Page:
As the effects of climate change harm communities around the world, we must hold bad actors accountable for reckless behavior that contributes to the crisis. But what would this look like in practice? There are a number of proven tactics we can use to bring powerful, badly behaving actors back in line — tactics that have historically enjoyed bipartisan support.
In the United States, national and local leaders have started to call for the use of these hardball tactics. Recently, a group of high profile elders from America’s political class and Hollywood, led by former Secretary of State John Kerry, launched a bipartisan initiative called “World War Zero”. The group plans to use wartime-like mass mobilization to spark the drastic action needed to combat the climate crisis.
Secretary Kerry and the other organizers of World War Zero hope that Americans will begin to think about climate change as a national security issue that requires “all hands on deck.” Indeed, the U.S. Department of Defense has repeatedly recognized climate change as a national security issue, calling it a “threat multiplier” that can exacerbate other crises such as armed conflict, migration, disease epidemics, and scarcity of natural resources.
By thinking and talking about climate change as a national security issue, “World War Zero” could help to shift our collective mindset into the EMERGENCY! level of response needed.
Of course, effective climate action must begin at home. The United States is the world’s biggest climate offender, and we have a mighty task ahead of us to bring our country’s greenhouse gas emissions under control. Domestically, we can use lawsuits to hold corporations to account. People in the United States have long used the courts to recover damages from those who harm them.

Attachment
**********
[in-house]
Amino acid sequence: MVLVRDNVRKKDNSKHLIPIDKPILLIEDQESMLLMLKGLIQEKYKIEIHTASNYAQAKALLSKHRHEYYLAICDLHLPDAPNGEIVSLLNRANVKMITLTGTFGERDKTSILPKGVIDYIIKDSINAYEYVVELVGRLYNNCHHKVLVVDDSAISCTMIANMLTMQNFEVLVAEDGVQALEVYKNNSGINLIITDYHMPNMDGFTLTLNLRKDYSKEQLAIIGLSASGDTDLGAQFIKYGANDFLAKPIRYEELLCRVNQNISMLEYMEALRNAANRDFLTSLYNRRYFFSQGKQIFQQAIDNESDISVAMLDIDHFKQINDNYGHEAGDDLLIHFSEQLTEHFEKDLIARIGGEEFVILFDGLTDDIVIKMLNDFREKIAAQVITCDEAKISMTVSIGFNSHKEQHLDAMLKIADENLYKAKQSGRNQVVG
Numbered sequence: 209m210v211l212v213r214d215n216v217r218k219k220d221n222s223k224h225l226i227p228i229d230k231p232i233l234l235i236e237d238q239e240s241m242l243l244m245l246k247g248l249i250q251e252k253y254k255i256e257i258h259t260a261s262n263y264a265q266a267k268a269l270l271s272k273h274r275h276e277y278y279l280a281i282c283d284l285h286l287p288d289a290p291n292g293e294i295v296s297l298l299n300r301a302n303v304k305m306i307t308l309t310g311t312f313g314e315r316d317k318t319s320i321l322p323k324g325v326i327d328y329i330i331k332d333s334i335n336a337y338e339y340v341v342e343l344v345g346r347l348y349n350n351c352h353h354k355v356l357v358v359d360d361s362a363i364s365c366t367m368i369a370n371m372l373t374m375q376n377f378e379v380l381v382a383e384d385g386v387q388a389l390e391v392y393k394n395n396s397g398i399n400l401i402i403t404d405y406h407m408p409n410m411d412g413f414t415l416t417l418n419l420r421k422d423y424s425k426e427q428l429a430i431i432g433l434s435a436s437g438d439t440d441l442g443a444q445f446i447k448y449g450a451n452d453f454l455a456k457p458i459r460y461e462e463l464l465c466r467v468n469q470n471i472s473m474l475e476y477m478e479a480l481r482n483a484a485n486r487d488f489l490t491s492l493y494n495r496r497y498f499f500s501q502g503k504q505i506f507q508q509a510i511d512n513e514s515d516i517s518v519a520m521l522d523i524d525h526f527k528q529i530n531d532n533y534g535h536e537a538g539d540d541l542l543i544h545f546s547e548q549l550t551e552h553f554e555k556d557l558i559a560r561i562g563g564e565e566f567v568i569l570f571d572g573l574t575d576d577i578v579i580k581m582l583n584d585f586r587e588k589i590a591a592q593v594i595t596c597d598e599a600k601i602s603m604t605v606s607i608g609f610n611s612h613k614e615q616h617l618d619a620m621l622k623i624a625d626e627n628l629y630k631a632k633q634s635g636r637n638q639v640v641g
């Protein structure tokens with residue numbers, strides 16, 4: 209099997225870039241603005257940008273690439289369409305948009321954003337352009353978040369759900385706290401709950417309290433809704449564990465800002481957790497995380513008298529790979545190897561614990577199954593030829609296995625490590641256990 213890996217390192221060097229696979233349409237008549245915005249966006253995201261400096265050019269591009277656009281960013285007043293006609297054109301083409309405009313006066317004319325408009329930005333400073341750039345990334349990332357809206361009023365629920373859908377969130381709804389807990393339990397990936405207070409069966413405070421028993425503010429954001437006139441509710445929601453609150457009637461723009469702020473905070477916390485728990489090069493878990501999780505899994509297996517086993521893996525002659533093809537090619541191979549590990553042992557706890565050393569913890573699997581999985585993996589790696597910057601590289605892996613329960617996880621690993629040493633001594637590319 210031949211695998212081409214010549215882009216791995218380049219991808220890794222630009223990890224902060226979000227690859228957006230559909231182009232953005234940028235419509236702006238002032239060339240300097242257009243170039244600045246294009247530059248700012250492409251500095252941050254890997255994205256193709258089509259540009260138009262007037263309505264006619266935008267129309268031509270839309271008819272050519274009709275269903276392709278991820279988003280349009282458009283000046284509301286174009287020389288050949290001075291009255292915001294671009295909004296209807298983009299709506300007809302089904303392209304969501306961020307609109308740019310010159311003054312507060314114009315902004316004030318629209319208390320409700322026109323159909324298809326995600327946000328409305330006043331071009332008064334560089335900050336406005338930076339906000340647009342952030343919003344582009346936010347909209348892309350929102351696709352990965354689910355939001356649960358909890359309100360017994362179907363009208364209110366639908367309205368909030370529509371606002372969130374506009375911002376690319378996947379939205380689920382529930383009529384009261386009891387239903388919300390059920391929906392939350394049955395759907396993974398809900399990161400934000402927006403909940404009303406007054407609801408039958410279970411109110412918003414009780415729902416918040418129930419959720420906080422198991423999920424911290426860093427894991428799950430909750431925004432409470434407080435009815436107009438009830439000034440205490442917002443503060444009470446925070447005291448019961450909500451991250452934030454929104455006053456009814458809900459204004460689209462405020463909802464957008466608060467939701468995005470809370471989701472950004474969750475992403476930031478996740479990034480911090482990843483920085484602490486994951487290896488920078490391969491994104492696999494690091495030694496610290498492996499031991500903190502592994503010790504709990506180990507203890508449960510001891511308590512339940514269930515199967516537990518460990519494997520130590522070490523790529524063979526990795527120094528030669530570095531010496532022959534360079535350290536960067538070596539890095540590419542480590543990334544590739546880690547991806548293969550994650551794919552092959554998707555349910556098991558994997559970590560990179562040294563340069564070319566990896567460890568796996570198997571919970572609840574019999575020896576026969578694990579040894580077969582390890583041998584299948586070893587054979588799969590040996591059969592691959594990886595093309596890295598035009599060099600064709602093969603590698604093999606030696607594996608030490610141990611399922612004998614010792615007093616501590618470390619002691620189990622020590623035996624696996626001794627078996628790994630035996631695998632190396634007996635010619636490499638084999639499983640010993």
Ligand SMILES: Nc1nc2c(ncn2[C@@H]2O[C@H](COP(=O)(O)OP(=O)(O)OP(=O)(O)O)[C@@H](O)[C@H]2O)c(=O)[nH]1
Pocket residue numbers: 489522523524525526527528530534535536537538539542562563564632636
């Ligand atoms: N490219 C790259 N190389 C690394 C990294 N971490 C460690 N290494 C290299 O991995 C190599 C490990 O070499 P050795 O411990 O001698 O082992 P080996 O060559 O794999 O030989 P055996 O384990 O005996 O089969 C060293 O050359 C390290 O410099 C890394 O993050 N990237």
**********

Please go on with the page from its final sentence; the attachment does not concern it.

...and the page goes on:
As climate change harms communities around the country, EarthRights and others are helping to bring lawsuits against fossil fuel companies that have caused so much of the damage. Even as scientists and political leaders sound the alarm, companies like ExxonMobil continue to double down on the dirtiest types of fossil fuels, like those extracted from the Canadian tar sands. They should pay the costs for this reckless behavior.
Internationally, sanctions have proved to be one of the U.S. government’s most powerful tools to force economic actors to change their behavior. Our financial system reaches into all corners of the global economy. Cutting off access to this system is a powerful weapon.
In November, Senator Ed Markey (D-MA) introduced legislation that would allow the U.S. government to impose sanctions on companies and individuals that recklessly worsen the climate crisis. Senator Markey’s legislation sends a powerful message: Actions have consequences, and reckless destruction of the climate should be a sanctionable offense.
The U.S. government uses sanctions to force unsavory actors to change their behavior and to protect our national security. To date, most sanctions have targeted terrorist organizations, major human rights abusers, kleptocratic government officials, and the like. They have also been used in at least one environment related case. In 2018, the U.S. government sanctioned the Laos-based Zhao Wei mafia for a range of criminal activities, including wildlife trafficking.
Like all sanctions, this powerful tool would need to be used carefully in only the most egregious cases. And these sanctions would need to be implemented as part of a comprehensive package that includes major domestic reforms within our own country. (Senator Markey is also a lead sponsor of the Green New Deal.)
The climate crisis has pushed us into an “all hands on deck” situation. Now is the time to leverage all of the domestic and foreign policy tools available to us, because the world’s biggest climate polluters have given no indication that they care about the future of the planet.